Undergraduate Students


    Kayla Marks
    Project: Genomic and phenoptpic analysis of Pseudomonas sp. and Bacillus sp. isolated from Capsicum sp.

    Alexander Caraballo
    Project: Whole genome sequencing and annotation of bacterial endophytes from the insulin plant Costus igneus

    Kubra Naqvi
    Project: Expression, purification and structural characterization of L,L-diaminopimelate aminotransferase from Leptospira interrogans

    Taylor Foxhall
    Project: Elucidation and characterization of antibacterial compound(s)from Bacillus safensis RIT372

    Matthew Wheatley
    Project: Identification of endophytic bacteria from Dioscorea cayenensis (yellow-yam) and willow

    Alexander Triassi
    Project: Identification of endophytic bacteria from Dioscorea cayenensis (yellow-yam) and willow/


    Gerald Thornberg
    Project: Over-expression analysis of meso-diaminopimelate dehydrogenasase in Arabidopsis thaliana

    Austin Oseep
    Project: Ananlysis of MurB/MurC hybrid protein in Verrucomicrobium spinosum

    Victoria Nachar
    Project: The identification and characterization of L,L-diaminopimelate aminotransferase from Verrucomicrobium spinosum

    Mary Leeman
    Project: Cloning and characterization of two meso-diaminopimelate decarboxylases from Arabidopsis thaliana

    Allison Roder
    Project: Compositional analysis of sugar-stream extracts enriched in C-5, C-6 and C5/6 sugars

    Sarah Kearns
    Project: Cloning and expression of murB/murC gene from Verrucomicrobium spinosum

    Desiree Davison
    Project: Over-expression of beta-alanine aminotransferase in Arabidopsis thaliana

    Prosper Igboeli
    Project: Cloning of a cellulase ORF from Bradyrhizobium japonicum

    Eric Zajicek
    Project: Purification of LysA1, LysA2 and LysDH to facilitate enzymatic characterization

    Irma Giron
    Project: Characterization of L,L-diaminopimelate aminotransferase from the alga Chlamydomonas reinhardtii

    Francisco Savka
    Project: Identification, cloning and characterization of a putative beta-alanine aminotransferase from Arabidopsis thaliana

    Sean McGroty
    Poject: Characterization of meso-diaminopimelate ligase from Verrucomicrobium spinosum

    Steve Rutagarama
    Project: Identification of endophytic bacteria from Saccharum sp.

    Tristan De Jesus
    Project: The essentiality of L,L-diaminopimelate aminotransferase in Verrucomicrobium spinosum

    Christine Zhou
    Project: The essentiality of L,L-diaminopimelate aminotransferase in Verrucomicrobium spinosum

    Miranda Gehris
    Project: The essentiality of L,L-diaminopimelate aminotransferase in Verrucomicrobium spinosum

    Taylor Gosselin
    Project: A comprehensive study of the aminotransferase class of enzymes from Homo sapiens

    Peatros Haile
    Project: Elucidation of endophytic bacteria from Saccharum sp.

    Dhyiva Pattaniyil
    Project: Characterization of diaminopimelate decarboxylase from Arabidopsis thaliana

    Katie Smith
    Project: Cloning of beta-alanine aminotransferase to facilitate subcellular localization studies

    Kayla Bell
    Project: Identification and cloning of lysine decarboxylase from Arabidopsis thaliana

    Muhammad Izzat Ahmad Fauzi
    Project: Screening of tyrosine aminotransferase (TAT) transgenic Tobacco and Arabidopsis over-producing TAT

    Mohd Fuad Bin Ismail
    Project: Identification and cloning of a putative cellulase gene from Bradyrhizobium japonicum

    Pranav Prabhu
    Project: The cloning and characterization of a putative tyrosine aminotransferase from Arabidopsis thaliana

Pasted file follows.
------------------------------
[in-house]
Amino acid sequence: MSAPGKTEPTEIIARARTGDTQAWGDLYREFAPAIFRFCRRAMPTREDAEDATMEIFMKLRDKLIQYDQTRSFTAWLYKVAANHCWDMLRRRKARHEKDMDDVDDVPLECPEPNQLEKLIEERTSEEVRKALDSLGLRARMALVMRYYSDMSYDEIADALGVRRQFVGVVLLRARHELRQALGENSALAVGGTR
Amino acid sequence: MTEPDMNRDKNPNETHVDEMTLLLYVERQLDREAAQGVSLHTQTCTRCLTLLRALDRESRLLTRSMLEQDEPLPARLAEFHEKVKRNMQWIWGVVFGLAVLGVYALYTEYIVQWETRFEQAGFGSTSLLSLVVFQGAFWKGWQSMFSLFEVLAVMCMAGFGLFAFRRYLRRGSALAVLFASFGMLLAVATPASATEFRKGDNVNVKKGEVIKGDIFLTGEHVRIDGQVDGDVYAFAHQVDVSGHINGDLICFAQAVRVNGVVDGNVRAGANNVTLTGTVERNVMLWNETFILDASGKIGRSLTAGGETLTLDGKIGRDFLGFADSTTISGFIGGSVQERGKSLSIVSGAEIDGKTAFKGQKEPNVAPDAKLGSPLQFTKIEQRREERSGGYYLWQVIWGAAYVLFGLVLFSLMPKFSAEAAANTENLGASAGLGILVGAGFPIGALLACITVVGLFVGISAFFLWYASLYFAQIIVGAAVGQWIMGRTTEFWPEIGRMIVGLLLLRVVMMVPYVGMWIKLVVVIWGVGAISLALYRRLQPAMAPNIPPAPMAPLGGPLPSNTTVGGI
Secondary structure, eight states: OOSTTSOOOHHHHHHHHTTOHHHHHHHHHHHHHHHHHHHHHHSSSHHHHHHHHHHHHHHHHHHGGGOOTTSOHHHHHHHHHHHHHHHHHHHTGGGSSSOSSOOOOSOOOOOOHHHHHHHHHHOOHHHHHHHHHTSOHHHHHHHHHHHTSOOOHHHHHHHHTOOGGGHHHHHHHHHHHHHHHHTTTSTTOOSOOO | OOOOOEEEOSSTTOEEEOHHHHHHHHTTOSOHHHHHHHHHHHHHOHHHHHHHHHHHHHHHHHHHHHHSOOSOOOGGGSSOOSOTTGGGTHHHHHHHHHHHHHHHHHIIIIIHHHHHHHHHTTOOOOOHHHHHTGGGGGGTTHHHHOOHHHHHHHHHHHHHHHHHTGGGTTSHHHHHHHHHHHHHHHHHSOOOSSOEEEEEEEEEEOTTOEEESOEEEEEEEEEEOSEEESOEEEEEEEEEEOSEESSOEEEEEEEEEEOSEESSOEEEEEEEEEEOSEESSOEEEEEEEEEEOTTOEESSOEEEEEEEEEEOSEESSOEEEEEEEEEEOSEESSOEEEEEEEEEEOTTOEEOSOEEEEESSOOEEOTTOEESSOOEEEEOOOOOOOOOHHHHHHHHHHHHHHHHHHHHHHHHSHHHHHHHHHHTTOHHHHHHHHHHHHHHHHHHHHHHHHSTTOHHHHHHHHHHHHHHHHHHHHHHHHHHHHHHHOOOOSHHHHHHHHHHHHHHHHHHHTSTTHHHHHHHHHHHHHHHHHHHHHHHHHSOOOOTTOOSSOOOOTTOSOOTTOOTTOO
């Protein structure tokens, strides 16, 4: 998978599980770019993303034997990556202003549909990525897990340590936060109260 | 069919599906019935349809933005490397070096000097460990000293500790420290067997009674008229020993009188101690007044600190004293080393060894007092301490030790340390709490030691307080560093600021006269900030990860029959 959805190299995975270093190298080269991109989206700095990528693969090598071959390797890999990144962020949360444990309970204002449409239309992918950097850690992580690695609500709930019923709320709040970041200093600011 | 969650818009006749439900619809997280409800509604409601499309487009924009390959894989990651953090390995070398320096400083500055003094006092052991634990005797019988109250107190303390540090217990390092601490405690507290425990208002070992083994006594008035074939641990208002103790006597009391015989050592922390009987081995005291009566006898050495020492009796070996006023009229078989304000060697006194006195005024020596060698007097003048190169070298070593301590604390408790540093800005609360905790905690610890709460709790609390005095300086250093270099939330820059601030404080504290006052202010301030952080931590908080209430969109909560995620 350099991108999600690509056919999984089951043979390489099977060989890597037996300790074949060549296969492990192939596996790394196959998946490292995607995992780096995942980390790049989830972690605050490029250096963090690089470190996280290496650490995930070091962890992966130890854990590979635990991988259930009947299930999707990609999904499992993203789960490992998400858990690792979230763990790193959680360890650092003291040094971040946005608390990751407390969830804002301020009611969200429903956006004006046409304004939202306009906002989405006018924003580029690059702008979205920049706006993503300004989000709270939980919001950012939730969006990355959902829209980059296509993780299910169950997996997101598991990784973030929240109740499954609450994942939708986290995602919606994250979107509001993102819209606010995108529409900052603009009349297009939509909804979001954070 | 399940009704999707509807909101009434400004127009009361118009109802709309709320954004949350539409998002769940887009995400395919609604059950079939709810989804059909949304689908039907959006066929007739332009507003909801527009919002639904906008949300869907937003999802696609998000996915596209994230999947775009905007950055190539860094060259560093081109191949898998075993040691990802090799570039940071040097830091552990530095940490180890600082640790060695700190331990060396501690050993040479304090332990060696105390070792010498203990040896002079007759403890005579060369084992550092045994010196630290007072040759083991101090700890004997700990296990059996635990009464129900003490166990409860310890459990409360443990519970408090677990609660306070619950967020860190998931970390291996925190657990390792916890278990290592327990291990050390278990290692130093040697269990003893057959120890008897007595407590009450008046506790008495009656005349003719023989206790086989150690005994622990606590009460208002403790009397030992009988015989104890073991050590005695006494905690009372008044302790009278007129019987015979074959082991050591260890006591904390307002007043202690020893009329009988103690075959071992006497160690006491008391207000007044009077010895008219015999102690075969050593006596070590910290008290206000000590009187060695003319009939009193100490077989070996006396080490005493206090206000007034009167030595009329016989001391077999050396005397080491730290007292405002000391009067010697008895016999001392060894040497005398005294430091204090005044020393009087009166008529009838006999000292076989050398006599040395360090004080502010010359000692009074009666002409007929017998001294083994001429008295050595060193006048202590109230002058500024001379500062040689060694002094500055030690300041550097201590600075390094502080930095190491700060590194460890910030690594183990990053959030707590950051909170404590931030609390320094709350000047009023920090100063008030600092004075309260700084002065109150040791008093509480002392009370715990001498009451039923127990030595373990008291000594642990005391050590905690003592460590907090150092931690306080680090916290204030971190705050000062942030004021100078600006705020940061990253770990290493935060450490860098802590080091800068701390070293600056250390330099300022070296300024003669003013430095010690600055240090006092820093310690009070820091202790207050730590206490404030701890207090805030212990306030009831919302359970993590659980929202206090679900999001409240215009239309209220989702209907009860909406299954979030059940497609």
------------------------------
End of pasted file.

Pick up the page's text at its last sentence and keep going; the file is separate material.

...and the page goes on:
Jeet Hirpara
    Project: The characterization of L,L-diaminopimelate aminotransferase over-expression Arabidopsis thaliana

    Robert Van Buren
    Project: The characterization of tyrosine aminotransferase over-expression in Arabidopsis thaliana

    Nur Akmar Yusoff
    Project: The elucidation of plant genes involved in bacterial sensing

    Hanis Nazihah Hasmad
    Project: The elucidation of plant genes involved in bacterial sensing


I was born in the island of Jamaica and grew up in the town of Savanna-La-Mar in the parish of Westmoreland. I came to the United States at the age of 14 and completed High School at Salesian High in New Rochelle, NY. I received a B.S. in Biology from Virginia Union University (VUU) in 2000. I fell in love with science as an undergraduate student researcher in the laboratory of Dr. Anthony Madu at VUU where I performed research aimed at identifying pathogenic bacteria from fresh farm produce. I completed my Ph.D. in the department of Plant Biology and Pathology in 2006 under the direction of Dr. Thomas Leustek at Rutgers University. I joined the faculty in the School of Life Sciences in the Fall of 2008 following a post-doctoral fellowship at Rutgers. I am a member of Alpha Phi Alpha Fraternity, Inc. (Gamma Chapter-VUU Spring 1998). I love music (authentic reggae-Bob Marley, Peter Tosh, Burning Spear etc.), reading (autobiographies), chess and sports (football-Bills), (soccer-Brazil), (baseball-Yankees), (basketball-Knicks). I reside in Hilton, New York with my wife Candice and my son Michael (8).


  • BIOL 201-Cellular and Molecular Biology
  • BIOL 403-Fundamentals of Plant Biochemistry and Pathology
  • BIOL 401-Bio-separations: Principles and Practices (with Dr. Michael Savka)
  • BIOL 345-Molecular Ecology (with Dr. Sandra Connelly)
  • BIOL 201 - Cellular and Molecular Biology

    This course will address the fundamental concepts of Cellular and Molecular Biology. Lectures, assignments, and laboratory projects will explore the structure and function of molecules, organelles, and cells and the biological processes they are involved in. Students in this course will gain an understanding of various molecular mechanisms, structure/function relationships, and cellular processes as they relate to cellular and molecular biology. Students in this course will practice and carry out common laboratory techniques used by Cellular and Molecular Biologists including, recombinant DNA technology, cell trafficking, and cloning techniques.

    BIOL 403 - Fundamentals of Plant Biochemistry and Pathology

    This course is primarily focused on biochemical and pathological aspects of plants. This course provides an understanding of why protein catalysts are important in the field of plant biochemistry and plant pathology. More specifically, the role enzymes play in the basic cellular processes of plant growth and development is presented. Topics related to plant pathology are presented; such as plant disease epidemics, plant diagnosis, plant diseases caused by fungi, bacteria, nematodes, viruses, and plant-pathogen interaction, at the ecological, physiological and genetic level.